Optimized optical tweezers are of great importance for biological micromanipulation. In this paper, we present a detailed electromagnetic-based calculation of the spatial intensity distribution for a laser beam focused through a high numerical aperture objective when there are several discontinuities in the optical pathway of the system. For a common case of 3 interfaces we have shown that 0.01 increase in the refractive index of the immersion medium would shift the optimal trapping depth by 3–4μm (0.2–0.6μm) for aqueous (air) medium. For the first time, We have shown that the alteration of the refractive index of the immersion medium can be also used in aerosol trapping provided that larger increase in the refractive index is considered.
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Optical Tweezers are widely used as non-invasive micromanipulation tools in many scientific areas, from biology [1–4] to nanotechnology [5–8]. Typical Optical tweezers (OT) consist of a Gaussian laser beam tightly focused through a high Numerical Aperture (NA) objective lens producing a 3-D intensity gradient at the focus. An object with the refractive index greater than that of the surrounding medium experiences a Hookean restoring force toward the focus  for which the strength of the trap can be regarded as the spring constant. A micron (and nano)-sized sphere trapped by OT is widely used as a handle of a non-contact micromanipulator. Nanometer spatial resolution along with sub-Megahertz temporal resolution have turned OT to a widely desired tool in many scientific areas. OT are normally implemented into an optical microscope in order to visualize the specimen under manipulation. Oil immersion objective lenses are commonly used for OT-based micromanipulation due to their high NA which provides stronger trap along with more detailed visualization of the sample. A significant problem of using oil immersion objectives is the Spherical Abberation (SA) induced by the refractive index mismatch between the immersion (oil) and sample (water) media. It is well known that the SA dramatically increases as the trapping (and visualization) depth increases which limits the trapping depth range. For example, a 1μm polystyrene bead can only be trapped up to depth of ∼ 10μm. The situation becomes even worse when trapping of nanoparticles is on demand. Therefore, finding a method for optimized nanoparticle trapping deep inside the sample chamber would be of great interest for in-depth micromanipulation. Different methods are proposed [9–13] to compensate for the SA introduced by oil immersion objectives among which the changing the refractive index of the immersion medium  seems to be more feasible. Reihani et al. has shown that, first, for an immersion oil with a given refractive index, there would be a depth (so-called optimal depth) at which the stiffest trap occurs, second, by increasing the Refractive Index of the Immersion Medium (RIIM) the optimal depth shifts toward the deeper positions. In this letter, we present a detailed electromagnetic-based calculation of the intensity profile around the focus of the objective as well as the restoring force of the optical trap in presence of several refractive index discontinuities in the optical pathway of typical OT. Considering the case of 3 interfaces (very common case in OT applications), we have theoretically confirmed that for trapping inside water, 0.01 increase in RIIM would shift the optimal trapping depth by 3 – 4μm which is in very good agreement with the previously reported experimental results . We also have shown that for the case of trapping in air, 0.01 increase in RIIM would shift the optimal trapping depth only by 0.2 – 0.6μm which implies that the alteration of the RIIM can also be used for aerosol trapping, provided that larger increase in the RIIM is considered. For example, we have shown that an immersion medium with refractive index of 2.11 would provide the optimal depth of ∼ 36μm which could be of great interest for aerosol trapping community.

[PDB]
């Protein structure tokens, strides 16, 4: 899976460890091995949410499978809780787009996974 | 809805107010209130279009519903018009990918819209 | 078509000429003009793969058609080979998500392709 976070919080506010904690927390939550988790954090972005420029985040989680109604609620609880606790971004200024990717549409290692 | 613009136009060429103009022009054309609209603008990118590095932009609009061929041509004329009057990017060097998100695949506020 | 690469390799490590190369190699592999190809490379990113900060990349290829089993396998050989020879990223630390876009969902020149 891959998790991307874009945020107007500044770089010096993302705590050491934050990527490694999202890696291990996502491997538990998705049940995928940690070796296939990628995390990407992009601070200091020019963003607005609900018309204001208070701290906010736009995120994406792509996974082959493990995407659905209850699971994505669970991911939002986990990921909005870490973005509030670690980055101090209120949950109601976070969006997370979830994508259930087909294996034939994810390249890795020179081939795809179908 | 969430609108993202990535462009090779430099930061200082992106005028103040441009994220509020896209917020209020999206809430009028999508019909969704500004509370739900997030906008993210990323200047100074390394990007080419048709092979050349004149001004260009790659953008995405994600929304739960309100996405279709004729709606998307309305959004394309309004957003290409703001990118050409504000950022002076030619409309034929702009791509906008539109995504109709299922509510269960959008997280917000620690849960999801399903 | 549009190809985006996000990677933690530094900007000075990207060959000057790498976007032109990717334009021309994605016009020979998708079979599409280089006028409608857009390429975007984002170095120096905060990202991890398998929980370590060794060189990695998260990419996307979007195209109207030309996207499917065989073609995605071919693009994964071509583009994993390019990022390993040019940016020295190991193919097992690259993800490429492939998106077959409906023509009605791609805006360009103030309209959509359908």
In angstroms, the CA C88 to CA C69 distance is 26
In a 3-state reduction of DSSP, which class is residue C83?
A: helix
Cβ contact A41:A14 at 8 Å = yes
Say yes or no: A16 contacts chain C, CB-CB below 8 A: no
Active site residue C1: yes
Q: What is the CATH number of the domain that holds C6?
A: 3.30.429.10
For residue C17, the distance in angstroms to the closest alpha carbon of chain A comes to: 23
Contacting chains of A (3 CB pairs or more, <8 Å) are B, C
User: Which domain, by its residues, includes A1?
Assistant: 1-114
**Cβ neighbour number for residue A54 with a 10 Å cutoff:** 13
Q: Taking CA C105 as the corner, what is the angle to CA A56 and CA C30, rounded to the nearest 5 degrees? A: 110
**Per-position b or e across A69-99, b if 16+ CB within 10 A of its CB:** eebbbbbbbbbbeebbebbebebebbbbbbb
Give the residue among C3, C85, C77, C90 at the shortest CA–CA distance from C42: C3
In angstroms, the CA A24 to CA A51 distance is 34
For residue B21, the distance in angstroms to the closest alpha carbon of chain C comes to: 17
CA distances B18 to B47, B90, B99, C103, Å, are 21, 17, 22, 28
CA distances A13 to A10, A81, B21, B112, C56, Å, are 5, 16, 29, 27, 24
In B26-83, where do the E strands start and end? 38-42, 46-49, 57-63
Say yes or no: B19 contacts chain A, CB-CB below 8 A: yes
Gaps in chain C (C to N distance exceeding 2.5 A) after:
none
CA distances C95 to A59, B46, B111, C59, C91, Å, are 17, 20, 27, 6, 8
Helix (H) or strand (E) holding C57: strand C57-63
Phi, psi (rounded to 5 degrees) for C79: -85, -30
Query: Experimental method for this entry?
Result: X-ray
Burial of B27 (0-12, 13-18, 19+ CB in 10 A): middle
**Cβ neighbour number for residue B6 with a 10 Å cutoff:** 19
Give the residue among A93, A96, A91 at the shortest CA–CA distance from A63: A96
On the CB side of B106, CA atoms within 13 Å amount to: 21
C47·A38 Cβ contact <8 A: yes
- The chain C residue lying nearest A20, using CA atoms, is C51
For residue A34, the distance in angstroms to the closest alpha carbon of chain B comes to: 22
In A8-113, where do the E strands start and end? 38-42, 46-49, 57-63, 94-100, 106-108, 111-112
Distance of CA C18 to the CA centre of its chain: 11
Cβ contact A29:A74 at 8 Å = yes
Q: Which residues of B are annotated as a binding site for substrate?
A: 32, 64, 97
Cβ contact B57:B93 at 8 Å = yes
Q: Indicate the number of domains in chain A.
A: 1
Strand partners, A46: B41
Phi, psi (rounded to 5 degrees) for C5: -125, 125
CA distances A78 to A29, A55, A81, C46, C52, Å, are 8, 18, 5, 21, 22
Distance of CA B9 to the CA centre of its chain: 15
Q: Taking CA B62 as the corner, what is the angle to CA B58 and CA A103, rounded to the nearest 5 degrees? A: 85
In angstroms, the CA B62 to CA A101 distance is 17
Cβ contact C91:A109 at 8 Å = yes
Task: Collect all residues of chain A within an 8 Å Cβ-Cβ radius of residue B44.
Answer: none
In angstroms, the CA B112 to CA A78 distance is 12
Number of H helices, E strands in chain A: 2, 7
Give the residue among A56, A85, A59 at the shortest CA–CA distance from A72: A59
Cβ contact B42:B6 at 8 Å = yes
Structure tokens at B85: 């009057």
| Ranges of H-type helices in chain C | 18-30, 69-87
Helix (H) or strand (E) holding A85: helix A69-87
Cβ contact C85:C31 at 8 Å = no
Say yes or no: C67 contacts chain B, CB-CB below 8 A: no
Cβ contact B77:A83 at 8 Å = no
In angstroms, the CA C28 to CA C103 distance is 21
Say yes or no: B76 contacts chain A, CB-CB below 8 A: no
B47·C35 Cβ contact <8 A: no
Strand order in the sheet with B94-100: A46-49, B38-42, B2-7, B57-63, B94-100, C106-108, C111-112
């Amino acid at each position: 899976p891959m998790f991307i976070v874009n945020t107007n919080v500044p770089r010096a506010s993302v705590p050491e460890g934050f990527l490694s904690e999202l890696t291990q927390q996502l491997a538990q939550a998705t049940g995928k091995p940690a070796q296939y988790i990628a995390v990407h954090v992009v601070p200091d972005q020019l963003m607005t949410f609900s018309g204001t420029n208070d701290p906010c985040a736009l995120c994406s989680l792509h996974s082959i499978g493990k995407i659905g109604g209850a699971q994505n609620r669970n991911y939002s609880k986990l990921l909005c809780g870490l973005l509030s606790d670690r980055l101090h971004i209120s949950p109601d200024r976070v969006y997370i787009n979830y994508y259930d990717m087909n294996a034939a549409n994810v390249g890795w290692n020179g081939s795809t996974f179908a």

2. Calculation of optimal RIIM for OT
When a linearly polarized laser beam is focused through an aplanatic objective into a homogeneous medium (no refractive index mismatch), the electric field at a given point P around the focus (the origin located at the Gaussian focus center; defined by “O” in Fig. 1) can be written as :15]: 15]. Equation (2) can be extended to the general case where the system contains m different media (n 1 ,..., nm) with m-1 interfaces. For such a case, if the electric field at the entrance aperture of the objective considered to be as (w 0 being the beam waist and ), then the electric field inside the mth medium in the spherical coordinate system centered at the focus can be written as: Eq. (3). On the other hand, it is well known that, the restoring force (gradient force) of OT is proportional to the intensity gradient [16–20]. Therefore one can use Eq. (3) to estimate the restoring (gradient) force of OT by calculation of the average intensity gradient over the extend of the trapped object [19, 20]. By maximizing the calculated restoring force, one can search for the parameters (such as refractive index of the immersion medium ) which provide the optimal trapping conditions.
In the most of the OT applications the sample medium (mainly water) is sandwiched between two coverglasses (refer to Fig. 1). In such a case there would be 3 planar discontinuities in the refractive indices (m=4), with media being the objective’s top lens (n 1 = nobj = 1.518), immersion medium (n 2 = nim), coverglass (n 3 = ng = 1.518, note that for a standard coverglass #1.5, t 3 = 170μm), and sample (n 4 = ns, t 4 = d =probe depth, refer to Fig. 1 for definition). Note that when the objective’s top lens, coverglass, and the immersion medium are index matched (nobj = nim = ng = 1.518) then there would be only one interface (coverslip-water) which very often happens in OT applications. In the following sections the results for the two most popular cases will be presented.